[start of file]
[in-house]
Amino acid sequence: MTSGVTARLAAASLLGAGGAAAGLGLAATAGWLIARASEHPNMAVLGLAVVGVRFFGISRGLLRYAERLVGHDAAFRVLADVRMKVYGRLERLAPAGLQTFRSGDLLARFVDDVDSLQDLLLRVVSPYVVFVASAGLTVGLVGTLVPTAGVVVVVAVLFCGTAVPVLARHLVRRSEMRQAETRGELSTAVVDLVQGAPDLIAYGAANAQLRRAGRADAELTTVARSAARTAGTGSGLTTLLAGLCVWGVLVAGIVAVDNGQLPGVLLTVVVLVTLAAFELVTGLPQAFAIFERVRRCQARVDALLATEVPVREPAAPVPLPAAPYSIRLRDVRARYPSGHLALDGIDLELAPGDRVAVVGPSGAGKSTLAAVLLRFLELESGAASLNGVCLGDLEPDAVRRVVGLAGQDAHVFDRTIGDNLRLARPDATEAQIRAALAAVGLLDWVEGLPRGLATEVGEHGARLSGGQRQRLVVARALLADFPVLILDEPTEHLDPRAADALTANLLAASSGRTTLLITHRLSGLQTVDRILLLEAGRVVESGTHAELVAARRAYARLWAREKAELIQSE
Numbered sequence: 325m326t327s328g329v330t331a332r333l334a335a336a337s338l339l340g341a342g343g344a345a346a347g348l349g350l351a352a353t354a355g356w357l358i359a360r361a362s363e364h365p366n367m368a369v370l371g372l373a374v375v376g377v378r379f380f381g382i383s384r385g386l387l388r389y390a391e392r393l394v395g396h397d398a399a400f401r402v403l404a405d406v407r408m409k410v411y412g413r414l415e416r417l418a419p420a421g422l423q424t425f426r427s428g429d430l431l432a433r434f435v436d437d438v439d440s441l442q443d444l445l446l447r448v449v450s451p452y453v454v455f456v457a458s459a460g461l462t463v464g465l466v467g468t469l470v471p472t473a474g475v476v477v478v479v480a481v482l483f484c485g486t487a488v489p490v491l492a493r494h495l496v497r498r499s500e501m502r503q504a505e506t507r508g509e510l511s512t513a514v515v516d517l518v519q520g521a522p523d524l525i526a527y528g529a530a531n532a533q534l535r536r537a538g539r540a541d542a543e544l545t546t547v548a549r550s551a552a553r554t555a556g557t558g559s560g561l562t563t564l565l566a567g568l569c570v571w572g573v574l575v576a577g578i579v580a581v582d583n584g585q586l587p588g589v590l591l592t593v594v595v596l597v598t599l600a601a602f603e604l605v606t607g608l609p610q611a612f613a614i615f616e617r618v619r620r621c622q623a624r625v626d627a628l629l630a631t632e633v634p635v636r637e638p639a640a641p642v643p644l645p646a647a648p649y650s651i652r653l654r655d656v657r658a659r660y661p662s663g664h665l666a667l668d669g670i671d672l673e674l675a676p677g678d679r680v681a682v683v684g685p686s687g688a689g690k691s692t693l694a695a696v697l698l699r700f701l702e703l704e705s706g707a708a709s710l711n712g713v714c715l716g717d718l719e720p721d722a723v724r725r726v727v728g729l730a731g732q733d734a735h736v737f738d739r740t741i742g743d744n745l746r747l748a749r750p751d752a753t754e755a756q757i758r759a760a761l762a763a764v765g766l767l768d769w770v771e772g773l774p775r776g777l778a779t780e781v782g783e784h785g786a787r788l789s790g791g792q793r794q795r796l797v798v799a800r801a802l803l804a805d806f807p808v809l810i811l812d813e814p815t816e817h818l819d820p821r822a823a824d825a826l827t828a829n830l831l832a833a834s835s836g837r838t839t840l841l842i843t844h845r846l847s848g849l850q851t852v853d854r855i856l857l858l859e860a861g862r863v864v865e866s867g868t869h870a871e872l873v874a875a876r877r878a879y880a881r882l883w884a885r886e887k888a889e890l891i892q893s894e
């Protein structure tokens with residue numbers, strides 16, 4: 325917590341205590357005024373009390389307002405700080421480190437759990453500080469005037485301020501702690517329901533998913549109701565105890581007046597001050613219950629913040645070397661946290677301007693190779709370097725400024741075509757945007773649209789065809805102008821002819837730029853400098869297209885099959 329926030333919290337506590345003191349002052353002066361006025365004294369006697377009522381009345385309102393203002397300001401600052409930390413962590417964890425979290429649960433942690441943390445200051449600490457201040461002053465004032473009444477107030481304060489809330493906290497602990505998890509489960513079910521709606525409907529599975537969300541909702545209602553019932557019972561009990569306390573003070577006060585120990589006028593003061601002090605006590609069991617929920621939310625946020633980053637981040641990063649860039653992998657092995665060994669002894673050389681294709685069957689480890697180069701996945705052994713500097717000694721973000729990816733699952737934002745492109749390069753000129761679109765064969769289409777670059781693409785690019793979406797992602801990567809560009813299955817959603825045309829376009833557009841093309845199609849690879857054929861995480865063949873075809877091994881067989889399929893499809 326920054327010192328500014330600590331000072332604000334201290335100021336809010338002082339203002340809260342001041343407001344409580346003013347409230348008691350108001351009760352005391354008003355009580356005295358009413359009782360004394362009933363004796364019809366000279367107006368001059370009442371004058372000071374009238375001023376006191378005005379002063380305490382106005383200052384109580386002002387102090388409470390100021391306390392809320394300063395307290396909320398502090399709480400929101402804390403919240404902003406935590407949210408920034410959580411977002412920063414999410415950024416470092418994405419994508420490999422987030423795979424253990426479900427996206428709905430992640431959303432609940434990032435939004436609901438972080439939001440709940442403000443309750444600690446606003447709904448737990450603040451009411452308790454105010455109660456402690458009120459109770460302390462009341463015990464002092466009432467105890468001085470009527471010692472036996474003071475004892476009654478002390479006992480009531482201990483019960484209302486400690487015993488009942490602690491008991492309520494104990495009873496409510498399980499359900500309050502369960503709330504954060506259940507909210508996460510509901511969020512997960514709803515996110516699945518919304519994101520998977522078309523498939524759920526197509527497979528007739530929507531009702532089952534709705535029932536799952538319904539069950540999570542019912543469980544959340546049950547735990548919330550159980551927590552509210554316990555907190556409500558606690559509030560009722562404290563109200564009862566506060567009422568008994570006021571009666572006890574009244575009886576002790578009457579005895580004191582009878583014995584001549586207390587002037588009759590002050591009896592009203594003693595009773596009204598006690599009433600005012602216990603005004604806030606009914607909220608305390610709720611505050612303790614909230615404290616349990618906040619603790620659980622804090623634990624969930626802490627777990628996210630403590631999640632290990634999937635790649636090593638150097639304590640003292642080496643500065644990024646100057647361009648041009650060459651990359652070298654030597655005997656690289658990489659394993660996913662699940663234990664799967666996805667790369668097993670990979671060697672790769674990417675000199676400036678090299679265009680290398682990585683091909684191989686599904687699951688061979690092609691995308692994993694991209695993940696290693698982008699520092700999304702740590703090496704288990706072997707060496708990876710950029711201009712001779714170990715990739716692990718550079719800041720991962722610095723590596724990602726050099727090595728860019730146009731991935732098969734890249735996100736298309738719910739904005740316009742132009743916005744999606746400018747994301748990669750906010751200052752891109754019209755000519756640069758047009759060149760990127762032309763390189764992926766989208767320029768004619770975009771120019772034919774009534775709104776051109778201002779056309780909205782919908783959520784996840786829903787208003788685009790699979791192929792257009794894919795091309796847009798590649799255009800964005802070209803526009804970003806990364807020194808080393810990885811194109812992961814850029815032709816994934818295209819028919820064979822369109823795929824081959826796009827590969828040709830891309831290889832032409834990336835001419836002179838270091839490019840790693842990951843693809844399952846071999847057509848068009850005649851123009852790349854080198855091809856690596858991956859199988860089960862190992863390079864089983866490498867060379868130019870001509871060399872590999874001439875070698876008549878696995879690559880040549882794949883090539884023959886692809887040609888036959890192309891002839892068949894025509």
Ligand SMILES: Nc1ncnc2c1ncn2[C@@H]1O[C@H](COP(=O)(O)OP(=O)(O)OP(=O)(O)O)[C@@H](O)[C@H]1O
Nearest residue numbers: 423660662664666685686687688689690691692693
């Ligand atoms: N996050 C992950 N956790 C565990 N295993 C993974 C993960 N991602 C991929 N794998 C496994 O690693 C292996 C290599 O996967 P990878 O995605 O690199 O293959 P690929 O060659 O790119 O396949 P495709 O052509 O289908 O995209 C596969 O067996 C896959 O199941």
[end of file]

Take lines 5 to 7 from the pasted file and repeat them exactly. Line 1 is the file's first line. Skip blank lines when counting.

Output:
Ligand SMILES: Nc1ncnc2c1ncn2[C@@H]1O[C@H](COP(=O)(O)OP(=O)(O)OP(=O)(O)O)[C@@H](O)[C@H]1O
Nearest residue numbers: 423660662664666685686687688689690691692693
């Ligand atoms: N996050 C992950 N956790 C565990 N295993 C993974 C993960 N991602 C991929 N794998 C496994 O690693 C292996 C290599 O996967 P990878 O995605 O690199 O293959 P690929 O060659 O790119 O396949 P495709 O052509 O289908 O995209 C596969 O067996 C896959 O199941």